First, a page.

With strike zones present on every broadcast and popular Twitter accounts dedicated to umpire evaluations, there’s never been more public scrutiny on umpires’ performance. But the notion of an automated strike zone does not appear to be imminently arriving on MLB’s doorstep.
Commissioner Rob Manfred said that the issue has not been presented to the league’s competition committee, per Evan Drellich of The Athletic, which is a necessary step for such a system to be implemented. If the committee does not add the subject of automated strike zone to its purview, then it will not be a part of MLB games in 2023.
The league has already begun experimenting with an automated zone in the minor leagues. The Triple A Pacific Coast League began using a “robo ump” in May, with encouraging results.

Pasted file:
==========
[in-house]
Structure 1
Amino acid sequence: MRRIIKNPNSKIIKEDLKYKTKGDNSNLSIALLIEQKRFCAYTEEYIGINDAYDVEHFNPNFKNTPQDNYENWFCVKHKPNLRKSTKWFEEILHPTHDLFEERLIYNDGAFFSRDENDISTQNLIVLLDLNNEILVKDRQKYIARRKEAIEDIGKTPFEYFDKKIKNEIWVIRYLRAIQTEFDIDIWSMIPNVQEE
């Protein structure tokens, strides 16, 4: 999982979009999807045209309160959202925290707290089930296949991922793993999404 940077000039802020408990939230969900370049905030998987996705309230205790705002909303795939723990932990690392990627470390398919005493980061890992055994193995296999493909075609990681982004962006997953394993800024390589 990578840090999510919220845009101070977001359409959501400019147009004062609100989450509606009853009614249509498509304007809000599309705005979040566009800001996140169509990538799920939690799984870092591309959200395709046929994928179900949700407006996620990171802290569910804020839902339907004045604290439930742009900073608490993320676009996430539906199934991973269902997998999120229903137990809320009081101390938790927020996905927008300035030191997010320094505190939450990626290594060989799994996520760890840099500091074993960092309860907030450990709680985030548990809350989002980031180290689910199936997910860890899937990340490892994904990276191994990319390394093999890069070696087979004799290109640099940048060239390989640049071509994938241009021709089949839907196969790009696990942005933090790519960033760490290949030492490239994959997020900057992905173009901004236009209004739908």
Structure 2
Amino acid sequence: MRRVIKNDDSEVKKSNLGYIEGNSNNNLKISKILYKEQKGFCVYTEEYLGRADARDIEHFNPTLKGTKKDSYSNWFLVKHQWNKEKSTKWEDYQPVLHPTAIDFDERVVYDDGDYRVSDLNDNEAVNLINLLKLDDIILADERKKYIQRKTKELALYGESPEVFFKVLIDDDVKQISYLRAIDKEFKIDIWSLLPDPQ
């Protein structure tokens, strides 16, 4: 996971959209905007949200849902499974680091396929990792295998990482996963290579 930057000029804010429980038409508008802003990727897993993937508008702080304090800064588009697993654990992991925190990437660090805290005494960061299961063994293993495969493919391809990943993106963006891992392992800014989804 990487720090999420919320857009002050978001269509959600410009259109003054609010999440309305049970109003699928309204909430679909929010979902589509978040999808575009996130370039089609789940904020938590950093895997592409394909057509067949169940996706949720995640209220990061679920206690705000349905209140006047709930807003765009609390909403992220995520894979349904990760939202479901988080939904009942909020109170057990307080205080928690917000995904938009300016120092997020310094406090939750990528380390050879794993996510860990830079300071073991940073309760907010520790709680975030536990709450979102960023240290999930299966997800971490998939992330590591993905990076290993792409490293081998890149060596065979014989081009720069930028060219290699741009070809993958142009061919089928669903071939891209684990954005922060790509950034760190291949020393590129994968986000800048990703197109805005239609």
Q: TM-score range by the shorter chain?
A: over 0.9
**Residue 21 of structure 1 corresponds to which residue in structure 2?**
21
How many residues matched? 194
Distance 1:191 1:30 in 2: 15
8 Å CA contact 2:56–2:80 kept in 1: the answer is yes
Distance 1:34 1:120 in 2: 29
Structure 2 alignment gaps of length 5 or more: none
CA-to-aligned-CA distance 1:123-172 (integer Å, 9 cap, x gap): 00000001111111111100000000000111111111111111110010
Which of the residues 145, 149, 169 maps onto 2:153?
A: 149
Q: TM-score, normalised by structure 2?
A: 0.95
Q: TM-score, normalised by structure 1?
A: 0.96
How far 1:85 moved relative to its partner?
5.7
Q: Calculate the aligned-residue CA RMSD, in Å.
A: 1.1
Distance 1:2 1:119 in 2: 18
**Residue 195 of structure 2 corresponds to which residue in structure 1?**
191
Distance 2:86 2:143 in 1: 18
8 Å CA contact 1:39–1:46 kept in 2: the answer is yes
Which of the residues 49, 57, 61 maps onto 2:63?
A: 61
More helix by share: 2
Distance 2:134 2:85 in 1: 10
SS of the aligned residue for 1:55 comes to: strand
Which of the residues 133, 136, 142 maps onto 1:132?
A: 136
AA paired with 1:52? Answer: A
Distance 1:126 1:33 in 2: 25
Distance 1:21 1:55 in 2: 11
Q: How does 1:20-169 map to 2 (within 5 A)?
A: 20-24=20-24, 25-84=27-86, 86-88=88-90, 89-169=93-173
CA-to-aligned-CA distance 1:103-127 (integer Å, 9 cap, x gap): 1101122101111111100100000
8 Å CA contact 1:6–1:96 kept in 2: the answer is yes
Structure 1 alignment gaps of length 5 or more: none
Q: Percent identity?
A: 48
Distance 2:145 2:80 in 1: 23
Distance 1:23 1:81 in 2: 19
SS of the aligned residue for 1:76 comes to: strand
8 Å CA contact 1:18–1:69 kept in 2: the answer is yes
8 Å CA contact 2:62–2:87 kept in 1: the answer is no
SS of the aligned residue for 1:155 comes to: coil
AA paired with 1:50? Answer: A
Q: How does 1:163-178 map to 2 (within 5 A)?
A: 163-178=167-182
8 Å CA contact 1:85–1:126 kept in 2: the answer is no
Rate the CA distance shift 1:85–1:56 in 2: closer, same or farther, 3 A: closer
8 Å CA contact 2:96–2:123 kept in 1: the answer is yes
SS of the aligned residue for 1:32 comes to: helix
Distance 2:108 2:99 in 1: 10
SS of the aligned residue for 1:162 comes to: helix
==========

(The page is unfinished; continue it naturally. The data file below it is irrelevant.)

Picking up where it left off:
“I’m not totally against it,” Rockies outfielder Kris Bryant—who was part of a game with an automated zone while on a rehab assignment—said, via Nick Groke of The Athletic. “Umpires want to get the calls right. They’re not out there trying to influence the game one way or the other. If they have a tool at their advantage to every call right, that’s great.”
The minor leagues have also been used as experimentation grounds for a pitch clock, which has shaved considerable time off of games. Manfred said he was pleased with the results so far, but declined to comment on whether or not a pitch clock would be adopted in the majors by next season.
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